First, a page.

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Six Ways Doing Good Can Help in Company Performance

Submitted by: Gaurav Bhattacharya

Posted: Apr 05, 2017 – 06:00 AM EST

Tags: csr, corporate social responsibility


recent study surveyed more than 1000 CEOs and revealed that 93% of them believe that sustainability is monumental for the success of any business. The views of CEOs are a direct result of the observation made by them on how ‘doing the right thing’ has helped in strengthening the company performance. It goes without saying that ‘doing good’ has lot more implications that go way beyond just monetary benefit.

Here are ways explaining how ‘doing good’ can help a company performance –

1. Risk reduction 
Gone are the days when a company’s irresponsible behavior could easily go unnoticed. Today, word travels faster than ever. Take the Volkswagen scandal for instance. The emission rigging of vehicles caused the stock of the company to plummet to one-third of its value within less than a week. The company had to pay 35 billion USD in the penalty as per the reports.                        

The findings of a study conducted by Vigeo revealed that socially responsible companies enjoy a lot of sanctions for their efforts. Between the years 2012-2013, almost 20% of the socially responsible organizations get sanctions of approx 95 billion Euros.

2. Cost Reduction
The implications of poor social behavior go beyond legal liabilities. Bad business conduct results in opportunity costs and delays. Failure to communicate with stakeholders, and engage with them, often leads to delays in operation and lost opportunities. It can hinder expansion of services, contract renewals, etc.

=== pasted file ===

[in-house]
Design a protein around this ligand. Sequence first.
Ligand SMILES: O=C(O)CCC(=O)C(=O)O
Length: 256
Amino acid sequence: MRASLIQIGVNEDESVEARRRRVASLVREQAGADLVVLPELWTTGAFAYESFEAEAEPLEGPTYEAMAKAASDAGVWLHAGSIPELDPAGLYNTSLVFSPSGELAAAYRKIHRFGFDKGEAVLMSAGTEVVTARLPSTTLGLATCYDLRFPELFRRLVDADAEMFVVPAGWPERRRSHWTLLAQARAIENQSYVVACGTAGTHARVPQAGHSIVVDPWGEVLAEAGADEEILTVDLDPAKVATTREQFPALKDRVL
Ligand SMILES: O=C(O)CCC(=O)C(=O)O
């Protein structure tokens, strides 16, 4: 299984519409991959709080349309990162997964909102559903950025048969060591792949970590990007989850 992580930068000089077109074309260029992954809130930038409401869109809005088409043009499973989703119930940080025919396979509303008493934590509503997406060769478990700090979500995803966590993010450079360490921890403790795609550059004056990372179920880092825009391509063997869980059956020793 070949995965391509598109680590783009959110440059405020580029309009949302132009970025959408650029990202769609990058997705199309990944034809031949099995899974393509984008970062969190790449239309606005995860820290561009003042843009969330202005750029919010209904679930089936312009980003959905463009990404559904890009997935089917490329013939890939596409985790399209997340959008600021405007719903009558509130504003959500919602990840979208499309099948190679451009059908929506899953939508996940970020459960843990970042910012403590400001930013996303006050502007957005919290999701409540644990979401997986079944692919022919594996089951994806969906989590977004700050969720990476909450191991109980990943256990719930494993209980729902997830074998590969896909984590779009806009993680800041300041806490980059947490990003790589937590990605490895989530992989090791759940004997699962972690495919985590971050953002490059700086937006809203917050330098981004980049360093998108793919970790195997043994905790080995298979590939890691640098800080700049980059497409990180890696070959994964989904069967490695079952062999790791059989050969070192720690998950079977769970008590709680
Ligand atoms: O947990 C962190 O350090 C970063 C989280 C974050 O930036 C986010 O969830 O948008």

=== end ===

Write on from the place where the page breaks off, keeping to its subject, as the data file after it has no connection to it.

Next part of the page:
study by Harvard revealed that community conflicts resulted in around 3 million USD on an average in capital expenditure owed to delayed production. In addition, poor business conduct can also scare off potential investors and hurt your reputation. Divestment campaigns are a great tool for companies to encourage positive behavior and reduce the cost of production.

3. Employee retention
Being socially responsible does a lot more than just cost saving. It also helps in building positive work culture and company image. It reduces employee turnover and improves productivity.

According to a study, companies that are socially responsible enjoy healthier work culture. They generate 2.3-3.8 % higher stock returns every year than their competitors.

4. Competitive advantage
Owing to the Harvard Business School Study, Prof. Serafiem tracked companies with high sustainability performance over the span of 18 years. The report showed that companies with environmental and social systems outperformed companies that were low on sustainability metrics. Socially responsible companies had better stock performance. 

5. Debt reduction and revenue increase
study by Babson College and IO Sustainability found that organizations that stick to socially responsible practices can reduce the cost of debt by 40%. They can also increase revenue by 20%. Additionally, the reports also suggest that companies that make societal contributions show better operational performance.

6. Shared value creation
According to the Harvard Business School article, ‘shared value creation’ is creating economic values while also producing value for the society by battling social challenges. According to Porter & Kramer, there are several benefits of offering products that also take care of societal needs. Nespresso is an excellent example of a company that created shared value. It invested in supplies which resulted in less environmental impact among coffee producers and also generated higher incomes for them. It also increased Nespresso’s supply of quality coffee beans.

All these stats and surveys stand testimony to the fact that being socially responsible and doing the right thing can go a long way for businesses. It does much more than just uplifting the communities and providing monetary benefits.  It reduces cost, helps in employee retention, and gives the organization a competitive advantage.

So, how does your company plan on doing ‘the socially responsible thing’? Let us know!

The opinions, beliefs and viewpoints expressed by CSRwire contributors do not necessarily reflect the opinions, beliefs and viewpoints of CSRwire.

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